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ASP.NET MVC and Validation Using IDataErrorInfo and Validation Application Block

I have talked about various ways to use the Validation Application Block with the MVC Framework::



but in the new ASP.NET MVC Release Candidate we now have support for IDataErrorInfo.


I am mainly interested in how we can get this new validation mechanism working with a validation framework, such as the Validation Application Block, Castle.Validator, or NHibernate Validator as most developers use a validation framework if at all possible.


 


Validation Application Block


Taking the Validation Application Block for a spin via IDataErrorInfo can be done as follows. Add Validator Attributes to our Customer Class. Note the attributes are optional. You can also create a more POCO experience by adding the validators in a configuration file:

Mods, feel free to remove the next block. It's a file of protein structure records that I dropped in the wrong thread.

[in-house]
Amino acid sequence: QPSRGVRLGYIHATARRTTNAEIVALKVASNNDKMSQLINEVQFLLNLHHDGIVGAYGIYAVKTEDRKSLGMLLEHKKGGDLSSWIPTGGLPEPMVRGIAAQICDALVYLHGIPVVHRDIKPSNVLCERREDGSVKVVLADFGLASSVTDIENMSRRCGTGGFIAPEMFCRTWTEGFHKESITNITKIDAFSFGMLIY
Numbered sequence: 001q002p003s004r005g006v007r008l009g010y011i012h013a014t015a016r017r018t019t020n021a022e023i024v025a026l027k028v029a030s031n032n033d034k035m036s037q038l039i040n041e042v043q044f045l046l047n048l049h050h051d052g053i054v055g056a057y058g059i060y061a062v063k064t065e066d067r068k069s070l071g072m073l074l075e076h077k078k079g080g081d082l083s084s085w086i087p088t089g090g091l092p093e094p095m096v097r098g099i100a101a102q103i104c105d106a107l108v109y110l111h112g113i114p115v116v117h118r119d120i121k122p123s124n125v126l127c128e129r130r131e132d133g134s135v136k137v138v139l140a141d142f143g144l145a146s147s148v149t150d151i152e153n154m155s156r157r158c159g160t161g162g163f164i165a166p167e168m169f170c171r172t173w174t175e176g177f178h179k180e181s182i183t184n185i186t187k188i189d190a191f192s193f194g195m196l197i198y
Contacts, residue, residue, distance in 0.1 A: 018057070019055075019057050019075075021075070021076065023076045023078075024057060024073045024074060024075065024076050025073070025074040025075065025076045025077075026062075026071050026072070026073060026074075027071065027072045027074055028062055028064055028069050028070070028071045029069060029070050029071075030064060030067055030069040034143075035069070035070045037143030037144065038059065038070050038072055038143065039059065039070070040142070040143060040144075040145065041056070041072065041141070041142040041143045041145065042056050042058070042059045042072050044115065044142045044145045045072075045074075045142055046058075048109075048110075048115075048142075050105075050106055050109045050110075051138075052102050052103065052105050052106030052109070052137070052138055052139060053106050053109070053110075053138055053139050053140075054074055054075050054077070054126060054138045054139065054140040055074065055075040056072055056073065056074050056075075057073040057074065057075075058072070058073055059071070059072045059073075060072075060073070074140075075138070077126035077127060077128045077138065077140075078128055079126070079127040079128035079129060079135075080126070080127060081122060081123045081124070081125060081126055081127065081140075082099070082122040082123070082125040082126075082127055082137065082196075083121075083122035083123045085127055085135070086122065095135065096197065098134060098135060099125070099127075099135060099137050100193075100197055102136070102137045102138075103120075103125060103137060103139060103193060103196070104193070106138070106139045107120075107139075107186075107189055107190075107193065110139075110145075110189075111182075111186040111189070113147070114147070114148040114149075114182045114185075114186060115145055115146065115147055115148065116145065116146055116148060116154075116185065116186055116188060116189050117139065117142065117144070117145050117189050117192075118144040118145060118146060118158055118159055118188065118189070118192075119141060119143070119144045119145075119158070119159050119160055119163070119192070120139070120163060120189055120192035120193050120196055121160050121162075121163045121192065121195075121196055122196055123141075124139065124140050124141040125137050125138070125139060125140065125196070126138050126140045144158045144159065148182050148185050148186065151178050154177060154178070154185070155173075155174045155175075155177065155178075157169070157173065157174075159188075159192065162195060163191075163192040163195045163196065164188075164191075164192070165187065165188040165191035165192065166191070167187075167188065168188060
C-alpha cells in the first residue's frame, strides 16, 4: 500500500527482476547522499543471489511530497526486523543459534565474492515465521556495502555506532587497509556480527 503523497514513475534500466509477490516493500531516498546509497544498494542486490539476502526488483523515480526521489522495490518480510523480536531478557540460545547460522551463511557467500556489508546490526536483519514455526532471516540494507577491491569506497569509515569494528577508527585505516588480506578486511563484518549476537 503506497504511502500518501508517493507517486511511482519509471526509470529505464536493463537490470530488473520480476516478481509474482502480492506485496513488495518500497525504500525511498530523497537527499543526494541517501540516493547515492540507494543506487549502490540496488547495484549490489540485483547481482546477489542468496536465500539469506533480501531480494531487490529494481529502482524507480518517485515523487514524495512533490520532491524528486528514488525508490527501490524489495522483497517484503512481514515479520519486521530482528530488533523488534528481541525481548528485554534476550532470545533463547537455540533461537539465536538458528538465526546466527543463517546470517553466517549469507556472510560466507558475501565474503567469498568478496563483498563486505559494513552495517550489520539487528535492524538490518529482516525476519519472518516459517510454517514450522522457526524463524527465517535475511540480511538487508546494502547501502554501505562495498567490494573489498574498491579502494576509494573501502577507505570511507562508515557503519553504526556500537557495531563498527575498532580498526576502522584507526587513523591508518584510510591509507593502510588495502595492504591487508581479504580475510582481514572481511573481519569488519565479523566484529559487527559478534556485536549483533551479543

public partial class Customer


{


    public int Id { get; set; }


 


    [StringLengthValidator(1, 50,


        MessageTemplate = “Name must be between {3} and {5} chars.”)]


    public string Name { get; set; }


 


    [StringLengthValidator(1, 75,


        MessageTemplate = “Email must be between {3} and {5} chars.”)]


    [RegexValidator(@”\w+([-+.’]\w+)*@\w+([-.]\w+)*\.\w+([-.]\w+)*”,


        MessageTemplate = “Valid Email Required.”)]


    public string Email { get; set; }


}


 


 


Implement IDataErroInfo on the Customer Class.


 



public partial class Customer : IDataErrorInfo


{


    public string Error


    {


        get


        {


            return string.Empty;


        }


    }


 


    public string this[string columnName]


    {


        get


        {


            return DoValidation(columnName);


        }


    }


 


    protected virtual string DoValidation(string columnName)


    {


        var results = Validation.Validate<Customer>(this);


 


        foreach(var result in results)


            if (result.Key.Equals(columnName))


                return result.Message;


 


        return string.Empty;


    }


}